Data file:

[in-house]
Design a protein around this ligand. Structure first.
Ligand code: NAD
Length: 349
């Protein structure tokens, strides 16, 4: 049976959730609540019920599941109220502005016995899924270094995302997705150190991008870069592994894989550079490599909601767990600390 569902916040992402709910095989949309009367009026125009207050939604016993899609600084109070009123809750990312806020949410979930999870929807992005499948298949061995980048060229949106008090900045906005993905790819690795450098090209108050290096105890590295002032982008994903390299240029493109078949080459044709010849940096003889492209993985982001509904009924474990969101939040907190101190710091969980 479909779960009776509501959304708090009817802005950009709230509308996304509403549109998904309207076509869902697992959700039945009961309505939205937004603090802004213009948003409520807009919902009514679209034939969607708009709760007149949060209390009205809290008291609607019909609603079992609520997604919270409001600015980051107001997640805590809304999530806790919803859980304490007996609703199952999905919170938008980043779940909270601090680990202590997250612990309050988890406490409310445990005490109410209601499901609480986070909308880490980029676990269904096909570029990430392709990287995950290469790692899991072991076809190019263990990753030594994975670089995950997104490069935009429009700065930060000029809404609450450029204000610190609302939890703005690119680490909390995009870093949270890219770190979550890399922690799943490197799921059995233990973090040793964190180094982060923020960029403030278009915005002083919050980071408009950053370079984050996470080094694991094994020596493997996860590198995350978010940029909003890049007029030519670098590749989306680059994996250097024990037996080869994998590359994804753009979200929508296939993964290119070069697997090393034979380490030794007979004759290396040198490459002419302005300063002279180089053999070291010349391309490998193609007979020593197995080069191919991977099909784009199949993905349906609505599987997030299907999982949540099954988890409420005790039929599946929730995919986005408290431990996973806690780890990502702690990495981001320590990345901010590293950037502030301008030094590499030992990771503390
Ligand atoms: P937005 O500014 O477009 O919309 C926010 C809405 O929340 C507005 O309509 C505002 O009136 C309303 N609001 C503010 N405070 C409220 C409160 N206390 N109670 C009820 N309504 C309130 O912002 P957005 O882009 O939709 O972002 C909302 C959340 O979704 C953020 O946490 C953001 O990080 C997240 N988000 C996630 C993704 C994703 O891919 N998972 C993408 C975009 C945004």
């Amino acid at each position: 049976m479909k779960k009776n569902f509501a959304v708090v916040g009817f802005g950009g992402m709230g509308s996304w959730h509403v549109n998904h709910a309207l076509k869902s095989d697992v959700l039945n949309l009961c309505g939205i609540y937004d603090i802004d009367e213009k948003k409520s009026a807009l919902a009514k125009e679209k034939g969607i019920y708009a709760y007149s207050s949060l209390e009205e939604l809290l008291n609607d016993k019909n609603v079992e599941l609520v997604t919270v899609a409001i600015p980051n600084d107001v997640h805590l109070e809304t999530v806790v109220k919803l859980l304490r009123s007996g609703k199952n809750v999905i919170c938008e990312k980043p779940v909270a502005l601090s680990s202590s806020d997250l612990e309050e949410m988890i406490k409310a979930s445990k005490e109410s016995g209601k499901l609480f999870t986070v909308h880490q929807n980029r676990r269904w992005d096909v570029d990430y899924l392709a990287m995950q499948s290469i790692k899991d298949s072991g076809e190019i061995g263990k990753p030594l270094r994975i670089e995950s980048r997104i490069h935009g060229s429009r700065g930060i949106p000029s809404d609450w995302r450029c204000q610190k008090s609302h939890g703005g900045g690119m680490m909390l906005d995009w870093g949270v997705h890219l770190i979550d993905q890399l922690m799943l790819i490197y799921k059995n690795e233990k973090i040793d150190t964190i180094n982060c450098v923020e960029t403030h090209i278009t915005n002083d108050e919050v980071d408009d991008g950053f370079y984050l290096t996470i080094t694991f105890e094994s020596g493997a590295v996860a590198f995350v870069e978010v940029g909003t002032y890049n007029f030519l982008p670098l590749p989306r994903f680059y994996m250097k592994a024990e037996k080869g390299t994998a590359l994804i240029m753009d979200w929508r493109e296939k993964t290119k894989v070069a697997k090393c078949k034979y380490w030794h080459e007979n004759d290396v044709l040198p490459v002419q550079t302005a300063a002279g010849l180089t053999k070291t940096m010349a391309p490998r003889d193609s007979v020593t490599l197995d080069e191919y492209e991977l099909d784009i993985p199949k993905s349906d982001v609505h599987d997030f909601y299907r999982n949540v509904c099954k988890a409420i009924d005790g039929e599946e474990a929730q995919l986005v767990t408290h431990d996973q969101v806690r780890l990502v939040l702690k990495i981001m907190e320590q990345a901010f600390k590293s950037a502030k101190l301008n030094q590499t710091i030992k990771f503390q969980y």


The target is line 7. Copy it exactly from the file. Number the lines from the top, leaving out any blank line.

């Amino acid at each position: 049976m479909k779960k009776n569902f509501a959304v708090v916040g009817f802005g950009g992402m709230g509308s996304w959730h509403v549109n998904h709910a309207l076509k869902s095989d697992v959700l039945n949309l009961c309505g939205i609540y937004d603090i802004d009367e213009k948003k409520s009026a807009l919902a009514k125009e679209k034939g969607i019920y708009a709760y007149s207050s949060l209390e009205e939604l809290l008291n609607d016993k019909n609603v079992e599941l609520v997604t919270v899609a409001i600015p980051n600084d107001v997640h805590l109070e809304t999530v806790v109220k919803l859980l304490r009123s007996g609703k199952n809750v999905i919170c938008e990312k980043p779940v909270a502005l601090s680990s202590s806020d997250l612990e309050e949410m988890i406490k409310a979930s445990k005490e109410s016995g209601k499901l609480f999870t986070v909308h880490q929807n980029r676990r269904w992005d096909v570029d990430y899924l392709a990287m995950q499948s290469i790692k899991d298949s072991g076809e190019i061995g263990k990753p030594l270094r994975i670089e995950s980048r997104i490069h935009g060229s429009r700065g930060i949106p000029s809404d609450w995302r450029c204000q610190k008090s609302h939890g703005g900045g690119m680490m909390l906005d995009w870093g949270v997705h890219l770190i979550d993905q890399l922690m799943l790819i490197y799921k059995n690795e233990k973090i040793d150190t964190i180094n982060c450098v923020e960029t403030h090209i278009t915005n002083d108050e919050v980071d408009d991008g950053f370079y984050l290096t996470i080094t694991f105890e094994s020596g493997a590295v996860a590198f995350v870069e978010v940029g909003t002032y890049n007029f030519l982008p670098l590749p989306r994903f680059y994996m250097k592994a024990e037996k080869g390299t994998a590359l994804i240029m753009d979200w929508r493109e296939k993964t290119k894989v070069a697997k090393c078949k034979y380490w030794h080459e007979n004759d290396v044709l040198p490459v002419q550079t302005a300063a002279g010849l180089t053999k070291t940096m010349a391309p490998r003889d193609s007979v020593t490599l197995d080069e191919y492209e991977l099909d784009i993985p199949k993905s349906d982001v609505h599987d997030f909601y299907r999982n949540v509904c099954k988890a409420i009924d005790g039929e599946e474990a929730q995919l986005v767990t408290h431990d996973q969101v806690r780890l990502v939040l702690k990495i981001m907190e320590q990345a901010f600390k590293s950037a502030k101190l301008n030094q590499t710091i030992k990771f503390q969980y």